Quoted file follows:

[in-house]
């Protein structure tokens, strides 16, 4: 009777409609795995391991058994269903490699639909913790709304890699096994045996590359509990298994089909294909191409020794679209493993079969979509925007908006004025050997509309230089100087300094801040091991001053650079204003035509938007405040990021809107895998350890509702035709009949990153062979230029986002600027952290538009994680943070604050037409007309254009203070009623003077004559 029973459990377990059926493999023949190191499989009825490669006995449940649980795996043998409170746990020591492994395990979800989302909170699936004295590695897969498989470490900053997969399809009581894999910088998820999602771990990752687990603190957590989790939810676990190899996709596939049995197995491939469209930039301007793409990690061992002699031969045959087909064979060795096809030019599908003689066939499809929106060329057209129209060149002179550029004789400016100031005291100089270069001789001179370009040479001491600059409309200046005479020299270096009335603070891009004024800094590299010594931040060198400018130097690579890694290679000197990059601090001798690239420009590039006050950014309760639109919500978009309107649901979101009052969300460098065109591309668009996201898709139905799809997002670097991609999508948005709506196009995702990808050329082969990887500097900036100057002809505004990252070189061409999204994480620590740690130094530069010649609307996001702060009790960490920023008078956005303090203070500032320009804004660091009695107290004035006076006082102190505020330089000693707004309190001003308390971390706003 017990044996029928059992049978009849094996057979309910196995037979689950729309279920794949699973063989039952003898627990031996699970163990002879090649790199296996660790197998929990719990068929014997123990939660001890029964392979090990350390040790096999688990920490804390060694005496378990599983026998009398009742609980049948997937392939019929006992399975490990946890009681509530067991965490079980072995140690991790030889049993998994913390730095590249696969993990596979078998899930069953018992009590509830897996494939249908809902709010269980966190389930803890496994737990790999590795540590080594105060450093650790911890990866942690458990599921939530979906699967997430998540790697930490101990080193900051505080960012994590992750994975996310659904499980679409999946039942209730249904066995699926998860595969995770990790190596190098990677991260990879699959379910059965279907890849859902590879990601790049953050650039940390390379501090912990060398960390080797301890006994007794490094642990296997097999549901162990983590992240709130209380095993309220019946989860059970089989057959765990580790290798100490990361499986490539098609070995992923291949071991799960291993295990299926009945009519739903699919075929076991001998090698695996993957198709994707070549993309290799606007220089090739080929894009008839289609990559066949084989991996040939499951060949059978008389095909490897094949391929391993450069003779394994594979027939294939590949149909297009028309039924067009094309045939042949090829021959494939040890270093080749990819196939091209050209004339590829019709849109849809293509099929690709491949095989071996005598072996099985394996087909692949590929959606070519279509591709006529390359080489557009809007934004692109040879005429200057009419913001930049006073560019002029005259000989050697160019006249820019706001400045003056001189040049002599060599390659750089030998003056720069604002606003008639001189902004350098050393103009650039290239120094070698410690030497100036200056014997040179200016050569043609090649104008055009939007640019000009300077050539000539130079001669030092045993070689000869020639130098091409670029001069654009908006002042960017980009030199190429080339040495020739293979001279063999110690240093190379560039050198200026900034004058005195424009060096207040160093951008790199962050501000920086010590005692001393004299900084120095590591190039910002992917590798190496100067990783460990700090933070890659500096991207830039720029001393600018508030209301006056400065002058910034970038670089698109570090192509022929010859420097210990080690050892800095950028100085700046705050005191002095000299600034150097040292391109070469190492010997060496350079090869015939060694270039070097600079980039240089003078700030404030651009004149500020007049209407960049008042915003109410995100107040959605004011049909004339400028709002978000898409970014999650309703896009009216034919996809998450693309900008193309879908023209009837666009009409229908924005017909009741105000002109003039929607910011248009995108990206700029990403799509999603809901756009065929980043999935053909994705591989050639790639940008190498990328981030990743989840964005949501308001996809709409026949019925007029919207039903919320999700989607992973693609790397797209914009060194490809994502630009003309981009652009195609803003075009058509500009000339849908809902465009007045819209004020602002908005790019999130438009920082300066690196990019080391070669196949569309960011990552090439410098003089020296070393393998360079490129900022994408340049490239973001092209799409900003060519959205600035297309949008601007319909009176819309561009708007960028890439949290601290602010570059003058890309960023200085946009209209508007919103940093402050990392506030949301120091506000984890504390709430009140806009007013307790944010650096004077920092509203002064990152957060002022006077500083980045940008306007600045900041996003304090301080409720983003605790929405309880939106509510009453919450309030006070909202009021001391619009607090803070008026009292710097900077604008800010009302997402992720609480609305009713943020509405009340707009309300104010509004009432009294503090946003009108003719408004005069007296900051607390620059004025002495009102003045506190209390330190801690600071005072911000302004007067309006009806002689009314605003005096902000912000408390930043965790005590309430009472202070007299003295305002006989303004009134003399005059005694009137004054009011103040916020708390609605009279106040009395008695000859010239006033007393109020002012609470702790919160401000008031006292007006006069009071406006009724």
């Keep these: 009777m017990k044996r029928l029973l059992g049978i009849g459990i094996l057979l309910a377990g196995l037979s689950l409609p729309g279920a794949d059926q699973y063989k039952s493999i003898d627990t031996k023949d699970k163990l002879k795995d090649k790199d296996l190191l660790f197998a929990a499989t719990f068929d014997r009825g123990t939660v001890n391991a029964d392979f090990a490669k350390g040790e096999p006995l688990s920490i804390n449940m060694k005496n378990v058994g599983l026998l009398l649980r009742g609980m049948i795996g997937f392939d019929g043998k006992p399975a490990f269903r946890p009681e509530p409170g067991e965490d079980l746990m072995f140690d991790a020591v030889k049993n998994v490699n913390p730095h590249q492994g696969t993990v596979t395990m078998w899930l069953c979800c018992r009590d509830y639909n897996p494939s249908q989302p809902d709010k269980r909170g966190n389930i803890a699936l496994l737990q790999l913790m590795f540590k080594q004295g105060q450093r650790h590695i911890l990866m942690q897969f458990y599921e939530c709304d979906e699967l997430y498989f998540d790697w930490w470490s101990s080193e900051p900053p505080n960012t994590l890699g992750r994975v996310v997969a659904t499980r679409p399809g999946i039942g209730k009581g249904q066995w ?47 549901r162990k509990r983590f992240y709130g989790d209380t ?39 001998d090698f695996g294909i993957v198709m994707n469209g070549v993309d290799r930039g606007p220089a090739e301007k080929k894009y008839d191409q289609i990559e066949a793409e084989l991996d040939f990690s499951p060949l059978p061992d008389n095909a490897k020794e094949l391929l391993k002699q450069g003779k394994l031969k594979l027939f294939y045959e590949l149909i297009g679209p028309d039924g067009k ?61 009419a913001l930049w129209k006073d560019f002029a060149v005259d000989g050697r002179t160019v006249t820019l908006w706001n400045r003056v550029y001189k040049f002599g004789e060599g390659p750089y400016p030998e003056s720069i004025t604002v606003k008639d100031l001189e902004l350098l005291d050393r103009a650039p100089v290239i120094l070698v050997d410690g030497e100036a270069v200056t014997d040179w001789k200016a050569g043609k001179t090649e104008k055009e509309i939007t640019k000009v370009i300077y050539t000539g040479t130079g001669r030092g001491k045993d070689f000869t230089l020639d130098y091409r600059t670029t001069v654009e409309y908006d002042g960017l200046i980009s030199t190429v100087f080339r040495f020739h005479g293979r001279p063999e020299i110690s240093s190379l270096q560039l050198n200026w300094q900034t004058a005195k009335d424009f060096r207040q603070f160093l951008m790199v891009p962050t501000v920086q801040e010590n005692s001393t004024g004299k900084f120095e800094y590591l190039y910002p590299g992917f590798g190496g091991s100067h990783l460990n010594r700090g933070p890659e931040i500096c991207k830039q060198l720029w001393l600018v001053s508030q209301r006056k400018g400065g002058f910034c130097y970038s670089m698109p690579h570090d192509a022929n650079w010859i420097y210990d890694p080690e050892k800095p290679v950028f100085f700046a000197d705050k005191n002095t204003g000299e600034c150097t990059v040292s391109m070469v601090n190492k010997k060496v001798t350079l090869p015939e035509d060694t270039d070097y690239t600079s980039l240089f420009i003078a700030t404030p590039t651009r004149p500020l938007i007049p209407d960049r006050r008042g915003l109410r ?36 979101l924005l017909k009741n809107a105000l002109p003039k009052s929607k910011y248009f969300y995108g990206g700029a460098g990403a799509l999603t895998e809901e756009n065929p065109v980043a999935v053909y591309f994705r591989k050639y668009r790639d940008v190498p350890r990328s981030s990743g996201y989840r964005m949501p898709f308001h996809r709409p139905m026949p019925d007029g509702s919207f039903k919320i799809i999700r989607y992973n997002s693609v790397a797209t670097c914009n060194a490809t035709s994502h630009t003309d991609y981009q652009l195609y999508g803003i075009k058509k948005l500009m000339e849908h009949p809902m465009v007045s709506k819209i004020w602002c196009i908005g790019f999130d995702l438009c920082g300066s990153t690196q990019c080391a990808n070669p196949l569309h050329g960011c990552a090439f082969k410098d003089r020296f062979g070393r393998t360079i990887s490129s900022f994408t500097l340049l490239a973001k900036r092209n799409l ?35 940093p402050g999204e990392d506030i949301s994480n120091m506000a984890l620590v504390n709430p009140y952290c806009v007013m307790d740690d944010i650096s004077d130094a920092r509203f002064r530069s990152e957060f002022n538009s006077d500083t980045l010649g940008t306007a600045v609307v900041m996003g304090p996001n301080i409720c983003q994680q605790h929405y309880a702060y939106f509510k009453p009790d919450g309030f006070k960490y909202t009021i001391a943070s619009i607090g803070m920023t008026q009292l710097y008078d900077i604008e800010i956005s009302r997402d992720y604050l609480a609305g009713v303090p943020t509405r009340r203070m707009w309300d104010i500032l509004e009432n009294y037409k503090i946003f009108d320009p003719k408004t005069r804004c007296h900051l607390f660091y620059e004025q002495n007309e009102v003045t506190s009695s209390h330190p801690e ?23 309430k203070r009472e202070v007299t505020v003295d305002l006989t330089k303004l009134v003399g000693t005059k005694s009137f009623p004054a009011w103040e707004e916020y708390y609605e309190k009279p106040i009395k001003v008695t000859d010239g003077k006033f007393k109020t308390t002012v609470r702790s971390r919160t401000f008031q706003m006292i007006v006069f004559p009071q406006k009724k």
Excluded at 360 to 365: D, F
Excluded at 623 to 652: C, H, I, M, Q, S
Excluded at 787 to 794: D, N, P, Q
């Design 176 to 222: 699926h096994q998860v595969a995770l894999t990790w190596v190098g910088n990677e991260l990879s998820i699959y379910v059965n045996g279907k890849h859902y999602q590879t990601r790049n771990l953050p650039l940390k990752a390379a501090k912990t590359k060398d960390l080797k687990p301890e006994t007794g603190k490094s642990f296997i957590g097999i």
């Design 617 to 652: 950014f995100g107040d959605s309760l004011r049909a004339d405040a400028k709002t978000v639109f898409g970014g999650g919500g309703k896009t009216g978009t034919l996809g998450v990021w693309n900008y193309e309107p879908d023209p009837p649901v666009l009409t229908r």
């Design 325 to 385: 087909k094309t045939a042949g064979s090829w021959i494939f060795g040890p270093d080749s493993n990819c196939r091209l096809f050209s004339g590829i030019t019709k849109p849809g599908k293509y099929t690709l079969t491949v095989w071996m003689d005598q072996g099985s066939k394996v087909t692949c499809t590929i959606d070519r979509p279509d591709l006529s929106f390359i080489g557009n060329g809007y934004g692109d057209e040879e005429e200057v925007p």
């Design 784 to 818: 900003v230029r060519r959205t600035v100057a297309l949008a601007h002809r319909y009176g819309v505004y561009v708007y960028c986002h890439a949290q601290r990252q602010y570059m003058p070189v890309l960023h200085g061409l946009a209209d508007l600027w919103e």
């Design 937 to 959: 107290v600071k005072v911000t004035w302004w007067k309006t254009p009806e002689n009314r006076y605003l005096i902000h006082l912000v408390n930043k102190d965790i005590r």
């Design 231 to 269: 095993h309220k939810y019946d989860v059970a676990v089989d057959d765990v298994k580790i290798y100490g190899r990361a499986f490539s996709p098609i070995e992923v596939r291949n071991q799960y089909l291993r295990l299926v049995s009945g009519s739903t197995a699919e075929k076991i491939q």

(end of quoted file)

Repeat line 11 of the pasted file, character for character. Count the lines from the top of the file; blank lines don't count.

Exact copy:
């Design 937 to 959: 107290v600071k005072v911000t004035w302004w007067k309006t254009p009806e002689n009314r006076y605003l005096i902000h006082l912000v408390n930043k102190d965790i005590r």